1986-1991 – Painting
Lauréat Marois first came to prominence for his extensive serigraphy production, but has devoted himself to painting since 1983. However, this change in direction didn’t signify a major break in his pictorial approach. The rationalism required by the printing process yielded to a more impulsive gesture, but a gesture in which the rigor and methodology of his first years were nonetheless preserved. It is true that the large geometric surfaces formerly circumscribing the human or naturalistic figures changed, becoming interspersed with texturized, hachured, pasted, and layered masses. Even so, an attentive examination of his work completed between 1983 and 1991 shows a faithfulness to geometry, especially to the triangle, sometimes discreet, sometimes fickle, implicit but more often conspicuous. A faithfulness also to blue, a blue increasingly buried beneath a deep coat of black that reinforces the obscure nature of the “landscape” subject. The artist has tirelessly pursued this landscape since the beginning of his career, using it to provide an authoritative framework that heightens the intense symbolic impact of all the formal agents in his work.
Since 1983, Marois’s painting has continued to employ the basic syntax of his serigraphy: division and superimposition of planes, hard edge technique, defiance of the laws of perspective. Marois has again taken up the criteria of the formalist school in which he received his training as an artist. Through tight interplay between color and form, the figures yield progressively. Previously more apparent, they are now hidden by the heavy, dense masses of paint.
Marois has never surrendered to the rigid dictates of geometric abstraction. He uses landscape as a leitmotiv for what appears to be an infringement of the subject as much as of the geometric movement itself. In this period between 1983 and 1991, we bear witness to the clash between figuration and abstraction, between the regularity of forms and the freedom of the pictorial gesture. The landscape, when it is not clearly explicit, is rubbed out either by zones with wild strokes or by sections containing rigid angles. The surfaces fold and unfold, hide and reveal, fragmenting a nature largely beyond reach. Étoile (1984) and Cavité terrestre (1986) are fitting illustrations of this duel between figuration and abstraction. In the first case, the sea is crushed by a thick black band topped by a shiny triangle with clear contours. The triangle sits enthroned on the waters, which appear “eroded ” by abstraction. In the second case, the combat becomes equalitarian, with a figurative zone (waves) crashes against the opaque, almost monochromatic second plane of the surface, marking a winding but definite dividing line right in the middle of the picture.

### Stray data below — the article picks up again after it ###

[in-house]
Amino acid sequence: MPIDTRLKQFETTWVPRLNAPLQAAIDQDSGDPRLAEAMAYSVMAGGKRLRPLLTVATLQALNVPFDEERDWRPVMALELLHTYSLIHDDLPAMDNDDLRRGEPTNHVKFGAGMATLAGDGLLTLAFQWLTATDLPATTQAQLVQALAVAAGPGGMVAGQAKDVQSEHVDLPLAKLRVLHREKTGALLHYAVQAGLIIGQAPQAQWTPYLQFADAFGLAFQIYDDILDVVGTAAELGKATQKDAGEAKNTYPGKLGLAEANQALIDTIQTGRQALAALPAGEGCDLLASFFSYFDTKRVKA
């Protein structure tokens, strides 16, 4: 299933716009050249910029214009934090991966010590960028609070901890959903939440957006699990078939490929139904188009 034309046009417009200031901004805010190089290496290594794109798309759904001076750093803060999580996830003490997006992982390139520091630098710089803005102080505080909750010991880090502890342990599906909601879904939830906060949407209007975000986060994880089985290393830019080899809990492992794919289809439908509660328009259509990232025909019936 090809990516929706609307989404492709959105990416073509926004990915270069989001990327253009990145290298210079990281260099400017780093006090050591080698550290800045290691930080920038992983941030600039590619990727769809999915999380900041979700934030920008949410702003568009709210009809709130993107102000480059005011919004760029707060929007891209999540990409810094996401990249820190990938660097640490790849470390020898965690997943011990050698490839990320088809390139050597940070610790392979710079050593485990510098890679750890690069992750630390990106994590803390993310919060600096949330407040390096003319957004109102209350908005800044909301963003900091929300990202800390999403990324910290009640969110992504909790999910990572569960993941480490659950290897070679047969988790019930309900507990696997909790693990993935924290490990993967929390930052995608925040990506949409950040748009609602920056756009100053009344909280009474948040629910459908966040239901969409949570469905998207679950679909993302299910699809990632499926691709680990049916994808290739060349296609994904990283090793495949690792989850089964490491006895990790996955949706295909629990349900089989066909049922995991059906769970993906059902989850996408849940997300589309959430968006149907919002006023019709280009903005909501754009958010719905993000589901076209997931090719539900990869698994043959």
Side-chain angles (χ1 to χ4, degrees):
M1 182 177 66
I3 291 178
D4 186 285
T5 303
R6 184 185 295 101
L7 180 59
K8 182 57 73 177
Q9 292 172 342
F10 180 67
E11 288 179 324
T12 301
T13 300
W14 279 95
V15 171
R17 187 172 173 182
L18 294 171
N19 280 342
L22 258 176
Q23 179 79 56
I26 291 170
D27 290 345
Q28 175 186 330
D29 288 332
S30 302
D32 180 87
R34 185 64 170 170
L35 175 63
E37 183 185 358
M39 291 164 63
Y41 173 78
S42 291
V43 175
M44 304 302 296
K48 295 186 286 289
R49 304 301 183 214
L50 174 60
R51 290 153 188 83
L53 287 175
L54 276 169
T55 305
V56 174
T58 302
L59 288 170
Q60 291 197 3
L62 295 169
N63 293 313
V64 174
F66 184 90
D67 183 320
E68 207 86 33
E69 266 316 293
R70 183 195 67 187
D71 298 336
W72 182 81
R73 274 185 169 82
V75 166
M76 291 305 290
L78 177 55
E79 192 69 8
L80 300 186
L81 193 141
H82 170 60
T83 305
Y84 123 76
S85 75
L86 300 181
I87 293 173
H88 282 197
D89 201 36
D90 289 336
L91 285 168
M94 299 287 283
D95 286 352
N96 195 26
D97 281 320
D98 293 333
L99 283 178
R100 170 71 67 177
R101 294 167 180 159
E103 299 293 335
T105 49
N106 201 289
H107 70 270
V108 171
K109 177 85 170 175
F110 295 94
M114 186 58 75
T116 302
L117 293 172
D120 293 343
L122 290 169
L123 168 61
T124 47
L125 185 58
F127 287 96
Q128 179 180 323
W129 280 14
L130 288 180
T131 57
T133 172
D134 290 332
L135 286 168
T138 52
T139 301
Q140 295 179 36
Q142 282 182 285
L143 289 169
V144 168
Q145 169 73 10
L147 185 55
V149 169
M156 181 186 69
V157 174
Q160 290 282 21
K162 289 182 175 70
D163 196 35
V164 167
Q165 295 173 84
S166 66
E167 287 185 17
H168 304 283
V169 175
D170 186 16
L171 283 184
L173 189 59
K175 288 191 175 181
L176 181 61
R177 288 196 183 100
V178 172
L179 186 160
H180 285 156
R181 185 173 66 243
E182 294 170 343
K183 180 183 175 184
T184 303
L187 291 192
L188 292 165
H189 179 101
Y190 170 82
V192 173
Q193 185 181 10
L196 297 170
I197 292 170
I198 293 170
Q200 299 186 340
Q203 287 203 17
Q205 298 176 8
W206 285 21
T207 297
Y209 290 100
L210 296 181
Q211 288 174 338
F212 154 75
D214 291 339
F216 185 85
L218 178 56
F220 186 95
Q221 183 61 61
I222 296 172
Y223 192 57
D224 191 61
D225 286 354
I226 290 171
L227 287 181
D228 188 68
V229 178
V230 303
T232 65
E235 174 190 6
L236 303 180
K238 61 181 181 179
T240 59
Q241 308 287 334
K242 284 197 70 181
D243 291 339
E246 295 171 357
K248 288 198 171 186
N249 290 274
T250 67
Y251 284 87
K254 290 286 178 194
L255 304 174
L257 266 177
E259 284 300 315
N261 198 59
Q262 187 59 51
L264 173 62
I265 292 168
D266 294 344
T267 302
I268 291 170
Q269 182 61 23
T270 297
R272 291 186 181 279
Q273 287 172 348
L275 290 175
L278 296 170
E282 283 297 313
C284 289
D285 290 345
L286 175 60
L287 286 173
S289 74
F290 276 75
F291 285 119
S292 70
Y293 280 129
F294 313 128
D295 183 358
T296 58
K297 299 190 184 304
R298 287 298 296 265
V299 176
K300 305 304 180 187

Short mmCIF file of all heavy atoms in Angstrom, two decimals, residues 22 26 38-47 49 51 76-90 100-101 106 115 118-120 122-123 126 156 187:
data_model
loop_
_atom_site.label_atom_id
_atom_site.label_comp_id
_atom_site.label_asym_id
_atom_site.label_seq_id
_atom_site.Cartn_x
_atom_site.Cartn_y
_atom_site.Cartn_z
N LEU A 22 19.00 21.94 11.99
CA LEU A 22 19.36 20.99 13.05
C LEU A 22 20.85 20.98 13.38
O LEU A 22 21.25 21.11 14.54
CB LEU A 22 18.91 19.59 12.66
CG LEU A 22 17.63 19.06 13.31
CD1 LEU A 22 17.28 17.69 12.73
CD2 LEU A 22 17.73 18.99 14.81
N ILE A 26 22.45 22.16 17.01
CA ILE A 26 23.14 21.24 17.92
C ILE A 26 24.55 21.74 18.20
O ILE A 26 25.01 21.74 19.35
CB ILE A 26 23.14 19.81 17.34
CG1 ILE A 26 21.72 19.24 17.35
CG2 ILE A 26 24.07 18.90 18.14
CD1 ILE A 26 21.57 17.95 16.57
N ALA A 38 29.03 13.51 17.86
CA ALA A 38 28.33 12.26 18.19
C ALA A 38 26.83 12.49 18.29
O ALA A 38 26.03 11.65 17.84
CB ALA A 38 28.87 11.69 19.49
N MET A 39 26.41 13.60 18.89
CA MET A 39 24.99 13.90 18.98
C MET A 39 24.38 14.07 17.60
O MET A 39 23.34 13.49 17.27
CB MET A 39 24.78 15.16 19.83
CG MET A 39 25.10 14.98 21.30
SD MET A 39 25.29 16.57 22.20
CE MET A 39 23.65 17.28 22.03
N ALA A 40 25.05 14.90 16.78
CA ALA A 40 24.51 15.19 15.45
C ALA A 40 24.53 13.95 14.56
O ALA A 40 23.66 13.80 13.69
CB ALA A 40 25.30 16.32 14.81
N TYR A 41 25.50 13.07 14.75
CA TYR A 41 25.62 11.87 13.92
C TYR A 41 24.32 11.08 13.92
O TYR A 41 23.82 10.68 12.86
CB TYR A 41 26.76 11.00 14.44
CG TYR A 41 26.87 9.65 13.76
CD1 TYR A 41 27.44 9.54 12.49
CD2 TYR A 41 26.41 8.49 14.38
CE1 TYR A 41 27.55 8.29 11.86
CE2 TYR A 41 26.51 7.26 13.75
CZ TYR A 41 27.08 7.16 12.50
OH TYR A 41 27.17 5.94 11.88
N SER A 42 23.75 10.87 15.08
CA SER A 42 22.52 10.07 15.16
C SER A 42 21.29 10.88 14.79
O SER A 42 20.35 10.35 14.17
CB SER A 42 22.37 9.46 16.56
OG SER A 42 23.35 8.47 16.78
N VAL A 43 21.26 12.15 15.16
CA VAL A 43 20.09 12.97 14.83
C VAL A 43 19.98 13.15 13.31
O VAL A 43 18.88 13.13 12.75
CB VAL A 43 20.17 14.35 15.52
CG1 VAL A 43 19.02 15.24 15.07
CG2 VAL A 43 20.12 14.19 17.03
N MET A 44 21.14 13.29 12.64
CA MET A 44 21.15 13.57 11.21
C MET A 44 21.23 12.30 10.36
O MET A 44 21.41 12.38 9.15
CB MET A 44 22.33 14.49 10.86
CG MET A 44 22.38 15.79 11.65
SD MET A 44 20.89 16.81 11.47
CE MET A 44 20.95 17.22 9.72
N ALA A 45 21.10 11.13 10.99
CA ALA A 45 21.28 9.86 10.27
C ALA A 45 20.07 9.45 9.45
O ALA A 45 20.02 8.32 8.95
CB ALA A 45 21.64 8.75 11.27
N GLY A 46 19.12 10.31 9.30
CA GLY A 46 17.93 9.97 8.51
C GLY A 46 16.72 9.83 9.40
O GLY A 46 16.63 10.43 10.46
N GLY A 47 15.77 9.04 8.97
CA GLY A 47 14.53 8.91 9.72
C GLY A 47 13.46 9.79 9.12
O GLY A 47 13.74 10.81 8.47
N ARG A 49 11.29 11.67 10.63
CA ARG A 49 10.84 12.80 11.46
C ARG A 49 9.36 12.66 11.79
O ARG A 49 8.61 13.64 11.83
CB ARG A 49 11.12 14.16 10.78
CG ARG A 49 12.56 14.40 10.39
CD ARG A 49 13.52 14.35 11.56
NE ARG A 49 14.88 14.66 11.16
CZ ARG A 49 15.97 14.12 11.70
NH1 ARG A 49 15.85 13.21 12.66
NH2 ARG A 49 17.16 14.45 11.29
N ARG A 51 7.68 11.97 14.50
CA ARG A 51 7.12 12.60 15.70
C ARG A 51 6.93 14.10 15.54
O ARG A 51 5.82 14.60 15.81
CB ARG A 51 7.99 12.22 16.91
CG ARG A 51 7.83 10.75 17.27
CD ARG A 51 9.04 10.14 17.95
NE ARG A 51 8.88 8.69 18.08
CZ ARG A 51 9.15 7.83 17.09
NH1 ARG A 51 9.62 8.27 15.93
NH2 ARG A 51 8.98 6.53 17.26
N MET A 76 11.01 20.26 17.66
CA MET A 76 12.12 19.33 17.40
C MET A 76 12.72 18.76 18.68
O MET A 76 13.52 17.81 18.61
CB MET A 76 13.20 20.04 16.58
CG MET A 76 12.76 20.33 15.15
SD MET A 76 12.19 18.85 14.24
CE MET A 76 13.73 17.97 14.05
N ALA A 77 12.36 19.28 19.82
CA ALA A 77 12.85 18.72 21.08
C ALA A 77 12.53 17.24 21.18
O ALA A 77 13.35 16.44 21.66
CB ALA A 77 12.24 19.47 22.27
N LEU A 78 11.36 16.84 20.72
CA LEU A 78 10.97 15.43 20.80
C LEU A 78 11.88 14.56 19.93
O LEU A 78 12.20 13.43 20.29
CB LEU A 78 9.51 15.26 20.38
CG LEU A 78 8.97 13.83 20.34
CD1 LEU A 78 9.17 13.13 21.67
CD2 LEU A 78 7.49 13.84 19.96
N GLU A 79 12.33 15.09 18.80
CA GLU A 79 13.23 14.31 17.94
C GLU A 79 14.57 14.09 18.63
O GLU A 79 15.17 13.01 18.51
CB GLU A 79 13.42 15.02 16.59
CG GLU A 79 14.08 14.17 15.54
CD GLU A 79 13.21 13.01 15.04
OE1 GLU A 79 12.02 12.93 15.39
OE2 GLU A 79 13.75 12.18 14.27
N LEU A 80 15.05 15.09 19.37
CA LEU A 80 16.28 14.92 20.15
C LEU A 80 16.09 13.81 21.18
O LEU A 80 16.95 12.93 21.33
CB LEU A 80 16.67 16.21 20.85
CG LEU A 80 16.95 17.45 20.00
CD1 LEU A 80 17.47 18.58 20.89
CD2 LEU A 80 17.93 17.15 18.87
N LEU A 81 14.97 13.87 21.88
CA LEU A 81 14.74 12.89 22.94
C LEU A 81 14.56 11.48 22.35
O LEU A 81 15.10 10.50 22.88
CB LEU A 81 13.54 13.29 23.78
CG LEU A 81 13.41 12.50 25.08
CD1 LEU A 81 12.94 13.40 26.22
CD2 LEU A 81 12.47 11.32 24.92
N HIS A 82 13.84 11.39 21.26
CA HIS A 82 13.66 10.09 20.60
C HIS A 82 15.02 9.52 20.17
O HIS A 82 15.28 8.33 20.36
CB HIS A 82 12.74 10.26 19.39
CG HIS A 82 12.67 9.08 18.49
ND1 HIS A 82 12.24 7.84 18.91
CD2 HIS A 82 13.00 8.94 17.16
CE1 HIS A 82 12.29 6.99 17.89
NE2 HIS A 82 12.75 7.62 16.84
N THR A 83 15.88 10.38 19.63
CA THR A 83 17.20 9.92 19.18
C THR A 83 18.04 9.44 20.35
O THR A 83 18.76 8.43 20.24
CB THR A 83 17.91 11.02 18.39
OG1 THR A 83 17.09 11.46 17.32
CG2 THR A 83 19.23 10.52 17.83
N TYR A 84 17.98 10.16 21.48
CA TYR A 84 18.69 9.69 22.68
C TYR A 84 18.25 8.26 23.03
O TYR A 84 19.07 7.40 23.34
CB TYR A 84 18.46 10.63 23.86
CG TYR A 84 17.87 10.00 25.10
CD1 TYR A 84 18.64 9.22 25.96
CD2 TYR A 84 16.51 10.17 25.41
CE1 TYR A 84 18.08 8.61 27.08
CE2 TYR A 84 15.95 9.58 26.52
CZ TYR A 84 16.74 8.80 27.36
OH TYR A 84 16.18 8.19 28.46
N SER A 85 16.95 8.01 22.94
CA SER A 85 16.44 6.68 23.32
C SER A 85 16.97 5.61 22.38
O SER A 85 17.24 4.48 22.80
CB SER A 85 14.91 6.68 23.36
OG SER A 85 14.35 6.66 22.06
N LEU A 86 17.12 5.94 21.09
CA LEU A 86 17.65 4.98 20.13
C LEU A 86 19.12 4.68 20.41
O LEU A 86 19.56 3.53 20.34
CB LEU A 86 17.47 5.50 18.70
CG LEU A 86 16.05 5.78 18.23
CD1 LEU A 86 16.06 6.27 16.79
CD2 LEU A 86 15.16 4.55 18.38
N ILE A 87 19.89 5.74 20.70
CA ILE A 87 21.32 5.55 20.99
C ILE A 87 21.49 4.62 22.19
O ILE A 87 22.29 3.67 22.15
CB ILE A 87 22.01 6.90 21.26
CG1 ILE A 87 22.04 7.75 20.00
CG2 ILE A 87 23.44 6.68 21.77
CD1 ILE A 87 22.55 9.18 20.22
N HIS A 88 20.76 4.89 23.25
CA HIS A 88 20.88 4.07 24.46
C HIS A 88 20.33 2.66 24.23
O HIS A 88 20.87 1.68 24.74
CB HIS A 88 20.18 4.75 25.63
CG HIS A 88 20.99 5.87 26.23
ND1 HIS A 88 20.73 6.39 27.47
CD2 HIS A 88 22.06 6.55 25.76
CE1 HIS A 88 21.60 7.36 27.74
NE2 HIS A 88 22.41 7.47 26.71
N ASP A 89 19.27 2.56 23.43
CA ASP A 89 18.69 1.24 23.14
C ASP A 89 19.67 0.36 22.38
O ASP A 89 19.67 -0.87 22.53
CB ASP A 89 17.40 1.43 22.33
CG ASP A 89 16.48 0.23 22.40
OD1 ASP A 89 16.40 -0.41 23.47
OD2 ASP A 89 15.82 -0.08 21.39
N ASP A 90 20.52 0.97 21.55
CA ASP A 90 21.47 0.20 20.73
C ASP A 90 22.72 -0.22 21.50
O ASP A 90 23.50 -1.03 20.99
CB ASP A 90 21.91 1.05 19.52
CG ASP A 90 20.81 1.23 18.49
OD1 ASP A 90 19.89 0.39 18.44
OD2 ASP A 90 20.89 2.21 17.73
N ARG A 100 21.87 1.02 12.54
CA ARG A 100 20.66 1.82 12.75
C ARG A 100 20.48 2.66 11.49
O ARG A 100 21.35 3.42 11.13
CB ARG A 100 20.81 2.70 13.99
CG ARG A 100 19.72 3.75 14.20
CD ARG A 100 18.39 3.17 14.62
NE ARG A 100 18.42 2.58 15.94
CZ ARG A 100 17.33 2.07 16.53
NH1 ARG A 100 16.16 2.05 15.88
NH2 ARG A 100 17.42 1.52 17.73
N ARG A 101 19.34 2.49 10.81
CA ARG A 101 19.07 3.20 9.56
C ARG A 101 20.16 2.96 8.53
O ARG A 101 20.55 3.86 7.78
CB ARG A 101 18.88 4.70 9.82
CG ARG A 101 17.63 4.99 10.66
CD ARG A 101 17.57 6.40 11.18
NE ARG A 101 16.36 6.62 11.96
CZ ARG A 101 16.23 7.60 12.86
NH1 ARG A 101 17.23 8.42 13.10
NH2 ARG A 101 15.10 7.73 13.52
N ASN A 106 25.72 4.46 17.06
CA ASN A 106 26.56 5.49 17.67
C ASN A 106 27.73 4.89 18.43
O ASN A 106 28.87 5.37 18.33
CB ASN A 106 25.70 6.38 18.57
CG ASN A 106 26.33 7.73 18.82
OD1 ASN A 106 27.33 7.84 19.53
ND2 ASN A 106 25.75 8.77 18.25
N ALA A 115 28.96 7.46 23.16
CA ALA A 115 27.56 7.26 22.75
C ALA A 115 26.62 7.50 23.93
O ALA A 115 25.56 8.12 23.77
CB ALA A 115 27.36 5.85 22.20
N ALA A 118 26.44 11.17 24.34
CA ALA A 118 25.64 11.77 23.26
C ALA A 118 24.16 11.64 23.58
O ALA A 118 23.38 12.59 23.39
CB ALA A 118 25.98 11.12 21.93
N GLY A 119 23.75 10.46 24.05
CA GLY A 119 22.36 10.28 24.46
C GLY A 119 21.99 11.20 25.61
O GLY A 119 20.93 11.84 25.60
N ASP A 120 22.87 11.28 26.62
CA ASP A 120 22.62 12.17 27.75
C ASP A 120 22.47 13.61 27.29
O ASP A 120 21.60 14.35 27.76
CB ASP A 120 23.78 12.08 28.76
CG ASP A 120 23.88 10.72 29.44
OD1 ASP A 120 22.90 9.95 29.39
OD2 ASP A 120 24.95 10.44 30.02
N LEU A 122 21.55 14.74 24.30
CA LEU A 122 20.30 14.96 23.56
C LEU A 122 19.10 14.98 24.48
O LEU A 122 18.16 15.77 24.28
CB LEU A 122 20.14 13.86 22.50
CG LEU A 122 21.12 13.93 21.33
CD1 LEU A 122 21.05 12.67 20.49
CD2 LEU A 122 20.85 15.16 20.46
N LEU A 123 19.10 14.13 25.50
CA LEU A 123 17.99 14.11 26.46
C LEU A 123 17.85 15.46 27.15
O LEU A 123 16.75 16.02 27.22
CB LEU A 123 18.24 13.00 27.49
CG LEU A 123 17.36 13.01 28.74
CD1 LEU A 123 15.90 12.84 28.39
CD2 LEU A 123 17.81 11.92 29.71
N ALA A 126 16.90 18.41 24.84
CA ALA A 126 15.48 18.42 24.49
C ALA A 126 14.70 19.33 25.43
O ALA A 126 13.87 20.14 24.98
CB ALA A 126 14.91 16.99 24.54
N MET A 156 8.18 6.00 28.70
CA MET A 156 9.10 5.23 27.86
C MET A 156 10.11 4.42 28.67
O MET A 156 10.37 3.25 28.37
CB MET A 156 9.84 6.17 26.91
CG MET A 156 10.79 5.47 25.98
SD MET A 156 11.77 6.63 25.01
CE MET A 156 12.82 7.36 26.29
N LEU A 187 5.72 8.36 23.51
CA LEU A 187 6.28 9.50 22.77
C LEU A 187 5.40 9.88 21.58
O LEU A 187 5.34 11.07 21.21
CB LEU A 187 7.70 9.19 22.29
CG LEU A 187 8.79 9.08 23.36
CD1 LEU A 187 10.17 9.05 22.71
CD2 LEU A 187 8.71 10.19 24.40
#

From these formal comings and goings emerge recurring or subjacent tensions generated by the opening and closing of this window onto the exterior. Four paintings suffice to summarize this statement. In Nuit pour jour 5 (1985), a sea horizon in graphite looms circumspectly from a triangular window whose shutters are folds on a large, dark silkscreened surface. In contrast, in Vue de Québec (1986), the more classical view from above of an glacial island is expanded by the wide opening in the foreground. Paysage marin (1987) closes this gap even further on a tiny expanse of water rendered as a single luminous point. This surface seems to collapse under the weight of the large rocky masses from which it hesitantly emerges. The blocks, static by nature, benefit from the agitated strokes, infusing the painting with a slow, insidious movement not unlike the shifting of tectonic plates in their power to break up and divert. Hence comes the sensation of a disturbing sea-blue glow caused by the cracks. In Le chant de la terre (1988), the effect is the same. Across large slashed surfaces, a line of shrubs rises up against an ochre background, like a scarcely visible light in the thickness of the atmosphere.